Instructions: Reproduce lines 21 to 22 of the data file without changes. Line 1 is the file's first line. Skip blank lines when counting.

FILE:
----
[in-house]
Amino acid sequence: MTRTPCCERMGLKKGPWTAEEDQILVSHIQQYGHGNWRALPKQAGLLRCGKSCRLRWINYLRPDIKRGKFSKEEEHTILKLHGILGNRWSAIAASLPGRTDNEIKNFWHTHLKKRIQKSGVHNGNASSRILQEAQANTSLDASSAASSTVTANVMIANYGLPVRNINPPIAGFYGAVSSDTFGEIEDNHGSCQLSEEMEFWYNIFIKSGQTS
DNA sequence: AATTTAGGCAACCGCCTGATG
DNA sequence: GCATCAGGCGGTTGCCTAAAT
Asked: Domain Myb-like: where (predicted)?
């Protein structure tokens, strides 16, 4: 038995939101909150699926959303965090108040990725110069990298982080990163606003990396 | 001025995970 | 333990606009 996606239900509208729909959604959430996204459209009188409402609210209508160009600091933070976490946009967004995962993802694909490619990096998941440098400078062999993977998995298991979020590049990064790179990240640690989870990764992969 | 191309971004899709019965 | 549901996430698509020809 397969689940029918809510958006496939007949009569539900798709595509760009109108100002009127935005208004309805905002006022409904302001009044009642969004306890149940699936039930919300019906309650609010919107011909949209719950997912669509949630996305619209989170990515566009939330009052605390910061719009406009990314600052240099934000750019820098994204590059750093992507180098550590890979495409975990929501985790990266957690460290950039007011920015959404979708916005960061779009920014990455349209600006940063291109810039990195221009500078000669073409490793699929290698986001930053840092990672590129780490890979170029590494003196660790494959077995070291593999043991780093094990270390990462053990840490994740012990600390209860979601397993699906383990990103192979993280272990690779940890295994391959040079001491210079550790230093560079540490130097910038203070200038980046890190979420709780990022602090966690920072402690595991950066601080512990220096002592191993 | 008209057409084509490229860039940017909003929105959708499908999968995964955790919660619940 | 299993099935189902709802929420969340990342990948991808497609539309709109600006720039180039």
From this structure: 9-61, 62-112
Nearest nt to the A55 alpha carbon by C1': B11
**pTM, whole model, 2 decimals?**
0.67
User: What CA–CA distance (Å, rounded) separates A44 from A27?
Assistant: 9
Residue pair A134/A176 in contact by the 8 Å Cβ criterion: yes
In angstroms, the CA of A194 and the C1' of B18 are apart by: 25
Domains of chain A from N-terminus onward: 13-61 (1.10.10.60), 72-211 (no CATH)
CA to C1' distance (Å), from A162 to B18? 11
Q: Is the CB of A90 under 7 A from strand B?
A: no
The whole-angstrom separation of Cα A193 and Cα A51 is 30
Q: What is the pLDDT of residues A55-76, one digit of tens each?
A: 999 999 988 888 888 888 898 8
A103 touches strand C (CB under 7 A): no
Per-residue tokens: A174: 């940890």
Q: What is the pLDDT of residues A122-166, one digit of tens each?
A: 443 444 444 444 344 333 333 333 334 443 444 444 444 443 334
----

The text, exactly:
A: 999 999 988 888 888 888 898 8
A103 touches strand C (CB under 7 A): no